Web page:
If you look at a $15,000 car you will be disappointed. Expect to pay closer to $30,000 for something you can be proud of. At near $40,000 you are looking at a turbo Suby powered monster. Probably way over the top.

In all the years of my ownership I did not hear of a single accident with injuries, but one serious off road in one of these and your dead, literally!

Yes, I do miss it sometimes... until I get in the Cayman.

One more thing. The local club (Niagara Region, PCA) was very accepting of this replica, none of this "it aint a real Porsche" stuff.

Good luck
 

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If you don't mind, I'll jump in here and give you my impressions.

I had my Beck Spyder for 7 years and I would highly recommend the experience to any car person. It was quick (felt as fast as my Cayman S to about 70 -80 mph) supple ride and no rattles that you can hear above the engine/exhaust noise. This car does not beat you to death on the road, but it is very loud! There is a certain amount of cowl shake but after a few miles it is not noticeable. Maybe it's a Morgan thing.

If you buy new from one of the three US suppliers count on doing a fair amount of re-engineering before the car is reliable. There is a very active community at SpyderClub.com (or was) where any question you have can be answered. Lots of after market stuff to make a rather plain as delivered car look fabulous. My car got to a best is show category at about year six. Your best bet is to find one that a real enthusiast has brought to perfection and buy it from him. You will pay much less than it cost him to get the car to that point but it still won't be cheap..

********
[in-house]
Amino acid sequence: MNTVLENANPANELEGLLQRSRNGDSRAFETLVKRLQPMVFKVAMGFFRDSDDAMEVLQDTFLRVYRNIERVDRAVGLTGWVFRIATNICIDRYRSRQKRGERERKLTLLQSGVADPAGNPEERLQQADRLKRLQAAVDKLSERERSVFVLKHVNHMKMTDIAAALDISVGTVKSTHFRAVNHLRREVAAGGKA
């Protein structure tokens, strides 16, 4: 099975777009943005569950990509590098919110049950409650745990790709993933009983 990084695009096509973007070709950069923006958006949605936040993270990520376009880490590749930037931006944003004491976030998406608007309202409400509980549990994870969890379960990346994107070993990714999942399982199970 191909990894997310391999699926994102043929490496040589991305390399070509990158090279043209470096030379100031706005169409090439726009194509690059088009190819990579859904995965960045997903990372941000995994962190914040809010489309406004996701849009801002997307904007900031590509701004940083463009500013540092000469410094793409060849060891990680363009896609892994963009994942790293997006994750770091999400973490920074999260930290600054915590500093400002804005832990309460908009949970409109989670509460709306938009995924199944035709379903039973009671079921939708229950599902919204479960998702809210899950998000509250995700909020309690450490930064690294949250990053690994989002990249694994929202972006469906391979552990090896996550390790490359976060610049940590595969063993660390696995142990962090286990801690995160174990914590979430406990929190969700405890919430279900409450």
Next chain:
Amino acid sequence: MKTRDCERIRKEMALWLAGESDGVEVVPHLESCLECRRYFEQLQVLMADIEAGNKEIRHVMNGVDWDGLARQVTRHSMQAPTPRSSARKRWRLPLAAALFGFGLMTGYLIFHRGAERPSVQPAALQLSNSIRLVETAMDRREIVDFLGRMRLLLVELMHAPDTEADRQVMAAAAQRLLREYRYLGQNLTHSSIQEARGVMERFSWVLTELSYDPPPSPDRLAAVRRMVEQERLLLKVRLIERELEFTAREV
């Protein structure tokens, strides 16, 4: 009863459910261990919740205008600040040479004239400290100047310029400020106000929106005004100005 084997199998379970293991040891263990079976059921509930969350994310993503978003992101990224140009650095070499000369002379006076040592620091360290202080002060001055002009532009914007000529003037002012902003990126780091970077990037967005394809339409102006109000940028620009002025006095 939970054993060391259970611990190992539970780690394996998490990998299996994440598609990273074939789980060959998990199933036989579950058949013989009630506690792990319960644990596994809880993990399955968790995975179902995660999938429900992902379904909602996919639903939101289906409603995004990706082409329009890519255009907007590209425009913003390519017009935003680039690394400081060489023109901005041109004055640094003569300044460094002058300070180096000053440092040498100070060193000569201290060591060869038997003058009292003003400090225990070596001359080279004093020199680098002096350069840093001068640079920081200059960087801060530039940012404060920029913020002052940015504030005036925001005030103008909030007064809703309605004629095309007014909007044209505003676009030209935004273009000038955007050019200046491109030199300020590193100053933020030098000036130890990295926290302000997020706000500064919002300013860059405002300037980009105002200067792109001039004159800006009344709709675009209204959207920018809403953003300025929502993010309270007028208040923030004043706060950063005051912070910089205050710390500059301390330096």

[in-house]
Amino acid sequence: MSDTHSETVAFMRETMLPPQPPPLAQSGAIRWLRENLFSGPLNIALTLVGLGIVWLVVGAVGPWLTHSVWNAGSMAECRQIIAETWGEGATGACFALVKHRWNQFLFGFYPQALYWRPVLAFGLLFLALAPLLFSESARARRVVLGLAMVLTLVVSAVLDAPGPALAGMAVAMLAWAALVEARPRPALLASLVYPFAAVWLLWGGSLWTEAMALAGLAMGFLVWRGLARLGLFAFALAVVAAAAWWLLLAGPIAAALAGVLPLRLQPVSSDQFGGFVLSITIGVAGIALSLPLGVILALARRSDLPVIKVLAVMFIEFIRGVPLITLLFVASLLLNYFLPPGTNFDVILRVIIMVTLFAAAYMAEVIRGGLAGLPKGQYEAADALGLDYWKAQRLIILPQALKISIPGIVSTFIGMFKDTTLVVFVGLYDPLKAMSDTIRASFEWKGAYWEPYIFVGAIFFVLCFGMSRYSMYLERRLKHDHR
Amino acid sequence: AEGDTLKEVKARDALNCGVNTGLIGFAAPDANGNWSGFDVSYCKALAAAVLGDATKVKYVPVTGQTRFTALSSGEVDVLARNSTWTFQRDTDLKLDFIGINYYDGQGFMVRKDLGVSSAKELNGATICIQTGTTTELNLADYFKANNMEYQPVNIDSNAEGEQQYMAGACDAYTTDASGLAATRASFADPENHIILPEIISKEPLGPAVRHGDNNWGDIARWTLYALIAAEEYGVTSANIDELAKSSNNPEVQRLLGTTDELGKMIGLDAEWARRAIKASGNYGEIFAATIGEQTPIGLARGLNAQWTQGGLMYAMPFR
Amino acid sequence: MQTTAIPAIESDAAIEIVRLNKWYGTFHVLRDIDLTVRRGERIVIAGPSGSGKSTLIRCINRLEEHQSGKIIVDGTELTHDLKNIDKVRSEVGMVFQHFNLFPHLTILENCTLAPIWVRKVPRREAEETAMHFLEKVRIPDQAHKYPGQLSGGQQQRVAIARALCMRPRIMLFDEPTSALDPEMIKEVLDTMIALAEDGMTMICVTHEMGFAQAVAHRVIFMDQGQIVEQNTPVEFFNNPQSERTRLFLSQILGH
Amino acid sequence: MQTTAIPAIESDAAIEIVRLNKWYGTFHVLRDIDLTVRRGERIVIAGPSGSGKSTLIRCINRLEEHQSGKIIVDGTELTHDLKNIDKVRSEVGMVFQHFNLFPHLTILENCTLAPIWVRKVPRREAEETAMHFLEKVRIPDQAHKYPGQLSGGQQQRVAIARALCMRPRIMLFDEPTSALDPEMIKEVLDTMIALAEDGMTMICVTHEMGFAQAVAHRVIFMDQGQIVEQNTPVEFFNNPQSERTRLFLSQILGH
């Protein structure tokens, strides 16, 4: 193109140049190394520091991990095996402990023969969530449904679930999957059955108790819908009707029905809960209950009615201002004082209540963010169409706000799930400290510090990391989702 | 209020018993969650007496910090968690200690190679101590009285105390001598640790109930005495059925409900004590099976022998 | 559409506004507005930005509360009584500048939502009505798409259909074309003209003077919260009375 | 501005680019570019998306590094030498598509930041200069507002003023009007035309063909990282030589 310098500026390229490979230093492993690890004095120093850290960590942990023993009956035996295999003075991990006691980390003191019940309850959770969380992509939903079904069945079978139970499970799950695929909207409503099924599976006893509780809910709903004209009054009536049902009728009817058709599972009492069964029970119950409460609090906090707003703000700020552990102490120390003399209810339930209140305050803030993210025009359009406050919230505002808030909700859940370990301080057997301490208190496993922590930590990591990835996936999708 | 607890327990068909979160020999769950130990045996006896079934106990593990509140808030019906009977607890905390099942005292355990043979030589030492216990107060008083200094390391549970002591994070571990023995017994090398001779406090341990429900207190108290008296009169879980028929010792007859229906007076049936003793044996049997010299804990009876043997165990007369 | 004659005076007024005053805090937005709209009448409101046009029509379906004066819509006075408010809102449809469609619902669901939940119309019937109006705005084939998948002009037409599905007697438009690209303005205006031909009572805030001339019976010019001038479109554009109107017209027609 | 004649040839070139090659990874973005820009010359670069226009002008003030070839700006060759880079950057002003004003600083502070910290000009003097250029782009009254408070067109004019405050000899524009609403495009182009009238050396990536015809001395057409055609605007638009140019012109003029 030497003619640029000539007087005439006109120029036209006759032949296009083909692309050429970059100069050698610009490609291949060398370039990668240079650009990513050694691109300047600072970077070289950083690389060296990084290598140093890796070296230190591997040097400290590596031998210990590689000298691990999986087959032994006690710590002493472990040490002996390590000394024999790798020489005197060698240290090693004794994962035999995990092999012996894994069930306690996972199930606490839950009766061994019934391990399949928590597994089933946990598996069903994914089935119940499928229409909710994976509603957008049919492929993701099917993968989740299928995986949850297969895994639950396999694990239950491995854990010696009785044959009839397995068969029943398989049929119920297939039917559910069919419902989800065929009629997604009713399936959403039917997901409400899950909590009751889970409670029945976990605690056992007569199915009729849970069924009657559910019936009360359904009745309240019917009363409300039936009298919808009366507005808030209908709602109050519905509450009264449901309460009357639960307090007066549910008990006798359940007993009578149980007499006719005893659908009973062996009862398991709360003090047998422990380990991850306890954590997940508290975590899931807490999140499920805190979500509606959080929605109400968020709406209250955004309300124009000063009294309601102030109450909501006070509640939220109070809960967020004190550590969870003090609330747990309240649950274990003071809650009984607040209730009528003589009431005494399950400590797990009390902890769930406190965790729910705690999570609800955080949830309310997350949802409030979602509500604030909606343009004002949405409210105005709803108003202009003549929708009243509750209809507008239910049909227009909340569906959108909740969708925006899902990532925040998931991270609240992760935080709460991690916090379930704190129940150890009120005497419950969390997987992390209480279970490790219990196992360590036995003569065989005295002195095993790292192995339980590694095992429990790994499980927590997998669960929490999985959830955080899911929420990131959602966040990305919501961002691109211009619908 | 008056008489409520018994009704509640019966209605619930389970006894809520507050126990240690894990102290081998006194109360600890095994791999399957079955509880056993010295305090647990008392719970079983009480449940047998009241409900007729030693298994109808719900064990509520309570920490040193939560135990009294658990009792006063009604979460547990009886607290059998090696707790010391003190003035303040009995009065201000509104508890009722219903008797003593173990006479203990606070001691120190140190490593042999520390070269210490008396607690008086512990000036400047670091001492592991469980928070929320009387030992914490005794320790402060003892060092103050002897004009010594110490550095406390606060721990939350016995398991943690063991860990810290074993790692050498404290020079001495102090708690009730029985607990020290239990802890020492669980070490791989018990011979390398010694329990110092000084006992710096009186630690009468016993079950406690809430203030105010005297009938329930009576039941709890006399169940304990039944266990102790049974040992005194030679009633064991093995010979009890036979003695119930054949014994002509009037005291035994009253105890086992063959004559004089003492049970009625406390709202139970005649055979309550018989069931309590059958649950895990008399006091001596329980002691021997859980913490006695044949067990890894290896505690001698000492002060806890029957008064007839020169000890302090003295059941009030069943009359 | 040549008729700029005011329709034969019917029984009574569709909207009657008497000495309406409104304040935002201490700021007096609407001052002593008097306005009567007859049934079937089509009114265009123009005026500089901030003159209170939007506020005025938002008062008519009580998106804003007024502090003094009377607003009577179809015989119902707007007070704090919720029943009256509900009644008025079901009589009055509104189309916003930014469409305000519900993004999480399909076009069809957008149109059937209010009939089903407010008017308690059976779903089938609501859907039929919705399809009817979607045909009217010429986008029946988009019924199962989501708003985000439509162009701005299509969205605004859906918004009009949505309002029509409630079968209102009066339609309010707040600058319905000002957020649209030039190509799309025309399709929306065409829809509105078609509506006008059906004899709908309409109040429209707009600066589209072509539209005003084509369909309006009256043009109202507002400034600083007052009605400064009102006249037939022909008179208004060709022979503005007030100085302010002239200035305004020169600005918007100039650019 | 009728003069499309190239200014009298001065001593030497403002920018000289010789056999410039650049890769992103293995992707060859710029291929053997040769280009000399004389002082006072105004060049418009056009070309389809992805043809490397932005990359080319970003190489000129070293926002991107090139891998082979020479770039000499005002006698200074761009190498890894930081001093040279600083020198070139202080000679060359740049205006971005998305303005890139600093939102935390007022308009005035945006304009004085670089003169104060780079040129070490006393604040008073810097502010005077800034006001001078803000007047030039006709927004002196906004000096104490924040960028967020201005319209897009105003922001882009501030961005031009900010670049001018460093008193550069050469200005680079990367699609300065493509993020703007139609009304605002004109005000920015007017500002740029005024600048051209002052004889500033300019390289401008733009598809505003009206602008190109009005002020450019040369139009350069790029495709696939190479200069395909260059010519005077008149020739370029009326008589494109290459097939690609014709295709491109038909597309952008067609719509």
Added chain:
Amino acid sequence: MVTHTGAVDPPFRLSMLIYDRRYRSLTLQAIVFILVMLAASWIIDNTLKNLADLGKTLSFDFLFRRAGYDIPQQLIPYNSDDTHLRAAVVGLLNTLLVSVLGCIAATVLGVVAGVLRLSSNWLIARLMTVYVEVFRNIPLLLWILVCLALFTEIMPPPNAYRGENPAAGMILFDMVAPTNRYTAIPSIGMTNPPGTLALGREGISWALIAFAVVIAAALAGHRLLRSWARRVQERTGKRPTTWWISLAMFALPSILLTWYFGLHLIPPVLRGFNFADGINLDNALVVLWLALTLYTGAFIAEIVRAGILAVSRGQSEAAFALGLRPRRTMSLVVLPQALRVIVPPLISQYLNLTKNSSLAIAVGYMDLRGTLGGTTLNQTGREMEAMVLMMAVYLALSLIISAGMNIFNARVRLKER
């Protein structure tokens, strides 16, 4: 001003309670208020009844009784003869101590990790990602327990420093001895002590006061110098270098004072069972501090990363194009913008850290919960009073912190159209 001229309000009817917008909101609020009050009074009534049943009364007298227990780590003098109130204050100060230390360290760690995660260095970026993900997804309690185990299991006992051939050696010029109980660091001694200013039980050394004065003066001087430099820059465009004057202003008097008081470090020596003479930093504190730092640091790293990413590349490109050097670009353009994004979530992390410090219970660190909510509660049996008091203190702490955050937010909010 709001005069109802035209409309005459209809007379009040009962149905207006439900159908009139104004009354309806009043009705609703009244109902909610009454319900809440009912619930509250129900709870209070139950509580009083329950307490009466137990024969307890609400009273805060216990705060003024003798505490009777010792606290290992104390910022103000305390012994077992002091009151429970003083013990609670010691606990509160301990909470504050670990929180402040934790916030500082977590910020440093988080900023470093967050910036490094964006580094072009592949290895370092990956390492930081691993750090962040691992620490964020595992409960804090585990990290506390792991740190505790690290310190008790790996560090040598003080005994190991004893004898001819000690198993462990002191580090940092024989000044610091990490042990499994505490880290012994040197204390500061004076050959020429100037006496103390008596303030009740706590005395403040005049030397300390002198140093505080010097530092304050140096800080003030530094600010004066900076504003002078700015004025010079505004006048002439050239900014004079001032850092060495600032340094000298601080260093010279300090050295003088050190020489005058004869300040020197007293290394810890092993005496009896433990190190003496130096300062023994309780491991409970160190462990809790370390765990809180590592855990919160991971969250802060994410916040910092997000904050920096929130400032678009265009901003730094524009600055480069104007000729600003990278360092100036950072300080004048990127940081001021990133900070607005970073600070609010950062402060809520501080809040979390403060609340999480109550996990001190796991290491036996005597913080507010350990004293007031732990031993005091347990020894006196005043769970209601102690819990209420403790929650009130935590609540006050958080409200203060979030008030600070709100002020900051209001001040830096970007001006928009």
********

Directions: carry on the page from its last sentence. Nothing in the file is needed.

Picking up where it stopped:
If you look at a $15,000 car you will be disappointed. Expect to pay closer to $30,000 for something you can be proud of. At near $40,000 you are looking at a turbo Suby powered monster. Probably way over the top.

In all the years of my ownership I did not hear of a single accident with injuries, but one serious off road in one of these and your dead, literally!

Yes, I do miss it sometimes... until I get in the Cayman.

One more thing. The local club (Niagara Region, PCA) was very accepting of this replica, none of this "it aint a real Porsche" stuff.

Good luck

There isn't a lot to either the Becks or the real ones. Comparing the Beck to the vintage one is kind of difficult. The body panels on the real ones are hand pounded affairs as I remember and they have a lot of hand work to them that's really neat to see. They also have the 4 cam engines and the ones at RA were running straight pipes and sounded great. I think I remember velocity stacks on the carbs too. Maybe not.

Anyway, they were the class of the 4 day show. Other cars, like the Birdcage Maser are also amazing to see just for the work in them. All these cars are light and scary to drive fast, but I think alignment can be tweaked to make them a little more stable at speed. The chassis aren't that rigid, so they don't take well to fat tires and such. They're just lovely cars and look like a ball to drive.